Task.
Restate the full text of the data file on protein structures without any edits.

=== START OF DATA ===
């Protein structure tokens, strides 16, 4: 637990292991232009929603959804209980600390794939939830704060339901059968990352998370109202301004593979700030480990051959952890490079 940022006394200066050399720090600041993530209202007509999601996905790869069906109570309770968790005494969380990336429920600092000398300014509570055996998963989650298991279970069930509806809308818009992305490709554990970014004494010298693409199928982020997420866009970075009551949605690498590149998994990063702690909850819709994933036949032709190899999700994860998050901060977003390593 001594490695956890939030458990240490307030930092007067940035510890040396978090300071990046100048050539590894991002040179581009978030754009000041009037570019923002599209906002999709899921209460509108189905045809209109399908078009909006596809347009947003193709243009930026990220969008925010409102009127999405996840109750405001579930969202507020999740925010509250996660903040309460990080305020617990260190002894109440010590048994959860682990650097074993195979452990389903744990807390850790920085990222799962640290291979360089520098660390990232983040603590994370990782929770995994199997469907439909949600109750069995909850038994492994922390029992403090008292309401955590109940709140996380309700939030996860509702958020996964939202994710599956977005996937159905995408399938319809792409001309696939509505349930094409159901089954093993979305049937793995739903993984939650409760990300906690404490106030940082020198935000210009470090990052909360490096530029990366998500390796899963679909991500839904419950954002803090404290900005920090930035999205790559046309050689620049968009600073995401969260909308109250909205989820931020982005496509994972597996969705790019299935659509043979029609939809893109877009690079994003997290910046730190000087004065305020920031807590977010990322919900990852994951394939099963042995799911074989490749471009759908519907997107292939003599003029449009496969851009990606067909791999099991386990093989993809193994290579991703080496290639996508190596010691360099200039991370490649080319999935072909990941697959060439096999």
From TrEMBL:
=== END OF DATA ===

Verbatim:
């Protein structure tokens, strides 16, 4: 637990292991232009929603959804209980600390794939939830704060339901059968990352998370109202301004593979700030480990051959952890490079 940022006394200066050399720090600041993530209202007509999601996905790869069906109570309770968790005494969380990336429920600092000398300014509570055996998963989650298991279970069930509806809308818009992305490709554990970014004494010298693409199928982020997420866009970075009551949605690498590149998994990063702690909850819709994933036949032709190899999700994860998050901060977003390593 001594490695956890939030458990240490307030930092007067940035510890040396978090300071990046100048050539590894991002040179581009978030754009000041009037570019923002599209906002999709899921209460509108189905045809209109399908078009909006596809347009947003193709243009930026990220969008925010409102009127999405996840109750405001579930969202507020999740925010509250996660903040309460990080305020617990260190002894109440010590048994959860682990650097074993195979452990389903744990807390850790920085990222799962640290291979360089520098660390990232983040603590994370990782929770995994199997469907439909949600109750069995909850038994492994922390029992403090008292309401955590109940709140996380309700939030996860509702958020996964939202994710599956977005996937159905995408399938319809792409001309696939509505349930094409159901089954093993979305049937793995739903993984939650409760990300906690404490106030940082020198935000210009470090990052909360490096530029990366998500390796899963679909991500839904419950954002803090404290900005920090930035999205790559046309050689620049968009600073995401969260909308109250909205989820931020982005496509994972597996969705790019299935659509043979029609939809893109877009690079994003997290910046730190000087004065305020920031807590977010990322919900990852994951394939099963042995799911074989490749471009759908519907997107292939003599003029449009496969851009990606067909791999099991386990093989993809193994290579991703080496290639996508190596010691360099200039991370490649080319999935072909990941697959060439096999």
From TrEMBL: